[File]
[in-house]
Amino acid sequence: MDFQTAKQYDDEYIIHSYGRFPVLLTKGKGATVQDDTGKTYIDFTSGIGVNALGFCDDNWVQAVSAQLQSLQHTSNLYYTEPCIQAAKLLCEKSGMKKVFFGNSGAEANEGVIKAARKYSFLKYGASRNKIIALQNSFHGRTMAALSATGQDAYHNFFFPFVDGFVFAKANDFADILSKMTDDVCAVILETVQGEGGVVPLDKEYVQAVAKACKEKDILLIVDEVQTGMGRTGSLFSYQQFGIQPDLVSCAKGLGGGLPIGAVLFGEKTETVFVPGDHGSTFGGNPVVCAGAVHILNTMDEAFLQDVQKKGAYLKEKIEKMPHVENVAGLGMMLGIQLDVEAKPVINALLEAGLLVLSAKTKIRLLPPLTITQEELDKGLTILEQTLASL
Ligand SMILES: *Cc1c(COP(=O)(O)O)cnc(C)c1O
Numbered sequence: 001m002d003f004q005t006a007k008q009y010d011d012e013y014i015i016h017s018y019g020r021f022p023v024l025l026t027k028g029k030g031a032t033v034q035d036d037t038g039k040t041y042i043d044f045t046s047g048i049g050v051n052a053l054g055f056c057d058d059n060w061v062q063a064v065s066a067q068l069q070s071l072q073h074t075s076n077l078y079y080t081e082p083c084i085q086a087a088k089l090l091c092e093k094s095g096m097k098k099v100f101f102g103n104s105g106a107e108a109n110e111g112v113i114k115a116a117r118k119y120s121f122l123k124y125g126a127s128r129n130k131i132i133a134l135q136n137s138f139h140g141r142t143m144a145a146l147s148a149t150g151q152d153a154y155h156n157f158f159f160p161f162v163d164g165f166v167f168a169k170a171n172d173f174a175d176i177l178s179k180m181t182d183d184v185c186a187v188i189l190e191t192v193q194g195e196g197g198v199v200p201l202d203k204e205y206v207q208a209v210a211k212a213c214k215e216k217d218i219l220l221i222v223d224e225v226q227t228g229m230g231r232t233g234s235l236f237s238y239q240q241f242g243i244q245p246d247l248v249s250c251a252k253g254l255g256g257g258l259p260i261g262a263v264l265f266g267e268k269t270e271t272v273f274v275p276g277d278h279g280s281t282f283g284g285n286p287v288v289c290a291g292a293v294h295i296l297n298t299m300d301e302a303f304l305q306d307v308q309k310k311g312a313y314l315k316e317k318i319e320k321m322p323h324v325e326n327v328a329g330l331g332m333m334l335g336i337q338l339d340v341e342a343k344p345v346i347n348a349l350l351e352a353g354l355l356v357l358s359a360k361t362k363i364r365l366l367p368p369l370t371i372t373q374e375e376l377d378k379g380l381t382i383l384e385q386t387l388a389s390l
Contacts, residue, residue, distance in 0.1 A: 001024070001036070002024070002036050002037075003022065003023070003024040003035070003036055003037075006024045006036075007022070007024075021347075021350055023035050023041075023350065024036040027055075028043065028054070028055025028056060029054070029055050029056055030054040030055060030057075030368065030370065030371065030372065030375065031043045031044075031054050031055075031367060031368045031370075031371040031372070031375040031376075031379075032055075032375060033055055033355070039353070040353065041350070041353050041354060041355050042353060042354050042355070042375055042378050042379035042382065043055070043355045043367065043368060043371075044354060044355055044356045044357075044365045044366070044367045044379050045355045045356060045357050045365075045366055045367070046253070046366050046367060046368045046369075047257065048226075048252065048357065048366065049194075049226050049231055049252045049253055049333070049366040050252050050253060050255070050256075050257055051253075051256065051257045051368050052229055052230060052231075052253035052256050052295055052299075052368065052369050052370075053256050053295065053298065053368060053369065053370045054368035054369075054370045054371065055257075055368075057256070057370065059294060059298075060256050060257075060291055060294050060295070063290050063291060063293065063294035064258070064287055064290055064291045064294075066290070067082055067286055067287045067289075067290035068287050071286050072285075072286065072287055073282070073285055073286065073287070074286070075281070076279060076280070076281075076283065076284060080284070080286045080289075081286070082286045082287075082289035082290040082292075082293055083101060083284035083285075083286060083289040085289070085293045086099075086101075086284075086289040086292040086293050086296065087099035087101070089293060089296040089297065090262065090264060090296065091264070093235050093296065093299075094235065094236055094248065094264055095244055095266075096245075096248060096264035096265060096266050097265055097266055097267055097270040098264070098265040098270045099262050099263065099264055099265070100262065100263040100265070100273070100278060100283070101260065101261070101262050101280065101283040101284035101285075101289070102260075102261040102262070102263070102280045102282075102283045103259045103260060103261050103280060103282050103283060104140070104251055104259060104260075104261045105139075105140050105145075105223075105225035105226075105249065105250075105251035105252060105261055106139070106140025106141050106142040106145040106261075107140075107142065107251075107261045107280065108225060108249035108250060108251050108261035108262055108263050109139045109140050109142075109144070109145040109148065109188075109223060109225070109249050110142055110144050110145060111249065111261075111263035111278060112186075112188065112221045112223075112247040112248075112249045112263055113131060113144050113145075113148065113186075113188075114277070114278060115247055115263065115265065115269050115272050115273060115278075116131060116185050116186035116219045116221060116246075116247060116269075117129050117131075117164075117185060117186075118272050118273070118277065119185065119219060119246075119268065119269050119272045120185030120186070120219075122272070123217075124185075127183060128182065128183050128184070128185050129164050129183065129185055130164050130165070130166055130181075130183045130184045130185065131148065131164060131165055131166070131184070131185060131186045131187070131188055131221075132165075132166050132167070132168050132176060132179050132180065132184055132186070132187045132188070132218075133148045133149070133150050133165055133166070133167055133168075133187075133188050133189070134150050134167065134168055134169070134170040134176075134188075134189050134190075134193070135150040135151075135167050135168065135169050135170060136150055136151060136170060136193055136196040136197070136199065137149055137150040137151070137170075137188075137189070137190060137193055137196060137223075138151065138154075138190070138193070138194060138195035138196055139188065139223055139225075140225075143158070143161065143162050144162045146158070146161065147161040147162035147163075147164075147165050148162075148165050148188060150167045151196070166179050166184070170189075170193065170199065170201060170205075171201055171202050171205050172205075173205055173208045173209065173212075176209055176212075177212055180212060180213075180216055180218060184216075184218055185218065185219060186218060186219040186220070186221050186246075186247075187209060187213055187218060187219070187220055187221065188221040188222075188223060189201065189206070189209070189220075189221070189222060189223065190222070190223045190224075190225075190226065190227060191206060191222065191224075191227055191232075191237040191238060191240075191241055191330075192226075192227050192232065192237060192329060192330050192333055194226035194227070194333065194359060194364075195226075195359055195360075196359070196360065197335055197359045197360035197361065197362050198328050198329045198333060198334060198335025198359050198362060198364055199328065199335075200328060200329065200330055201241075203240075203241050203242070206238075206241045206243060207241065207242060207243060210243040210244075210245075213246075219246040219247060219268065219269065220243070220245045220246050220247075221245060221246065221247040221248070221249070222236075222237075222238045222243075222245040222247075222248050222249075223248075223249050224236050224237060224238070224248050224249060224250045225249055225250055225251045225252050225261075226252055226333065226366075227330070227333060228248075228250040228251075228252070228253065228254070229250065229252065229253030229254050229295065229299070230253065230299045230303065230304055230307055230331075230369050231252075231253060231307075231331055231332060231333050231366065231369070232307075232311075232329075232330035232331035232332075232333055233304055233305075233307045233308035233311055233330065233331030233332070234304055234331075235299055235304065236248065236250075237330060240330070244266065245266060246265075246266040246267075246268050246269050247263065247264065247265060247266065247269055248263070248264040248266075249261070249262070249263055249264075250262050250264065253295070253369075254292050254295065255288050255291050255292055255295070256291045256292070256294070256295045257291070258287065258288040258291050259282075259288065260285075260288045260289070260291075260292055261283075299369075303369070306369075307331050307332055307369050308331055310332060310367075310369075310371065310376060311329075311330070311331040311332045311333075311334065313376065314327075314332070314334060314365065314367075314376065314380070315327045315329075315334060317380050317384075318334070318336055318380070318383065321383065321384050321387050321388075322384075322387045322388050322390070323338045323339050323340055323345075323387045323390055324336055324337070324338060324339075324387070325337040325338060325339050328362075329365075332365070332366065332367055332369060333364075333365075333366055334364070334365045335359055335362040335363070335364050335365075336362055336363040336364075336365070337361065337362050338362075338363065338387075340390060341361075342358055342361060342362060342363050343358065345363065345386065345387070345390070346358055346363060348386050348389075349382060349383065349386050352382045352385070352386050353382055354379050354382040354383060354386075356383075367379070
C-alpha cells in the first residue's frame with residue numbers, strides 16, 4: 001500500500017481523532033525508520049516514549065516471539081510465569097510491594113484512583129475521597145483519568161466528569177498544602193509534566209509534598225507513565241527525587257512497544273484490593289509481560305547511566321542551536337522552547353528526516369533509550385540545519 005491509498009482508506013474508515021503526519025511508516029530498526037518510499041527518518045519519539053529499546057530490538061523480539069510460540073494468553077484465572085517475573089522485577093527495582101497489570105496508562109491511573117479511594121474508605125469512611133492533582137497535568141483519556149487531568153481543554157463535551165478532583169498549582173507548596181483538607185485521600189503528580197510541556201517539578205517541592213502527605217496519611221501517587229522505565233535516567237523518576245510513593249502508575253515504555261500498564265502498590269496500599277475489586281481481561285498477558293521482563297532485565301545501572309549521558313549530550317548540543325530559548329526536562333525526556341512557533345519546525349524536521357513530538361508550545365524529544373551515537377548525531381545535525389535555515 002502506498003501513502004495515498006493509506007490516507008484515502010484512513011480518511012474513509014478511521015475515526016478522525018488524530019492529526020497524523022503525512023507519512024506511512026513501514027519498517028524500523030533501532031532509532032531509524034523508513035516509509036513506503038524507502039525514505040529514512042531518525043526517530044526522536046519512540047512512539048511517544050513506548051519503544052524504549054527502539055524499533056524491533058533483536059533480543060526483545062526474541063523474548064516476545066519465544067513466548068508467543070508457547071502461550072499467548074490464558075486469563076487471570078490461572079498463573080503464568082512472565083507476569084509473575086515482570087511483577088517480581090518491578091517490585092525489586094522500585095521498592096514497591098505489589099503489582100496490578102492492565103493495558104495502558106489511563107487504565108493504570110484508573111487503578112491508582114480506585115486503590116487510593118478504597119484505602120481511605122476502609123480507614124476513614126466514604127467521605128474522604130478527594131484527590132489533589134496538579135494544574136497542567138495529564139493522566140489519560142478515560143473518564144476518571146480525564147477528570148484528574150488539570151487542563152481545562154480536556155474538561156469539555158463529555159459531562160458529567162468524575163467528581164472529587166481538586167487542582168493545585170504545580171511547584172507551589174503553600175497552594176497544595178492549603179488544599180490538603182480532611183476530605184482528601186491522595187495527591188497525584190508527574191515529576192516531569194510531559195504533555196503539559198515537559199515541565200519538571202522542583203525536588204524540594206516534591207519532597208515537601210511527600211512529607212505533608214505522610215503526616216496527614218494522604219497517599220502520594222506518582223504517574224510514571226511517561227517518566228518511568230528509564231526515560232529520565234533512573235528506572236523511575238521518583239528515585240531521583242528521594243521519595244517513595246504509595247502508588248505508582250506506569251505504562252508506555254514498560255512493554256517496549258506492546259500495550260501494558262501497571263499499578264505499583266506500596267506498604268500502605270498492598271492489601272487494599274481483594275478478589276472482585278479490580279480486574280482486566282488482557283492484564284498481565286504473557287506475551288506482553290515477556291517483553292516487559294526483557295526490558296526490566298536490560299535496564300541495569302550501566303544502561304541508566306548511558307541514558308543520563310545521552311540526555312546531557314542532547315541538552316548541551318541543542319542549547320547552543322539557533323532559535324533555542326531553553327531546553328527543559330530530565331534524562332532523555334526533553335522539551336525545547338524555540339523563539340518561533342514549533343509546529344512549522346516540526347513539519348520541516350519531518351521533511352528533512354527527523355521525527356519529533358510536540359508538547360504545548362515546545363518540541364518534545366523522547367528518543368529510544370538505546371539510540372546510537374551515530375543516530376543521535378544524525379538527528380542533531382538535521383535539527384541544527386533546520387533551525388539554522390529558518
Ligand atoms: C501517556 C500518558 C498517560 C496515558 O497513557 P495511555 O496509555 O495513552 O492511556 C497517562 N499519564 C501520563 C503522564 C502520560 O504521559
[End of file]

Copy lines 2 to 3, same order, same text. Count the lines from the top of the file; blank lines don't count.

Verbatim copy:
Amino acid sequence: MDFQTAKQYDDEYIIHSYGRFPVLLTKGKGATVQDDTGKTYIDFTSGIGVNALGFCDDNWVQAVSAQLQSLQHTSNLYYTEPCIQAAKLLCEKSGMKKVFFGNSGAEANEGVIKAARKYSFLKYGASRNKIIALQNSFHGRTMAALSATGQDAYHNFFFPFVDGFVFAKANDFADILSKMTDDVCAVILETVQGEGGVVPLDKEYVQAVAKACKEKDILLIVDEVQTGMGRTGSLFSYQQFGIQPDLVSCAKGLGGGLPIGAVLFGEKTETVFVPGDHGSTFGGNPVVCAGAVHILNTMDEAFLQDVQKKGAYLKEKIEKMPHVENVAGLGMMLGIQLDVEAKPVINALLEAGLLVLSAKTKIRLLPPLTITQEELDKGLTILEQTLASL
Ligand SMILES: *Cc1c(COP(=O)(O)O)cnc(C)c1O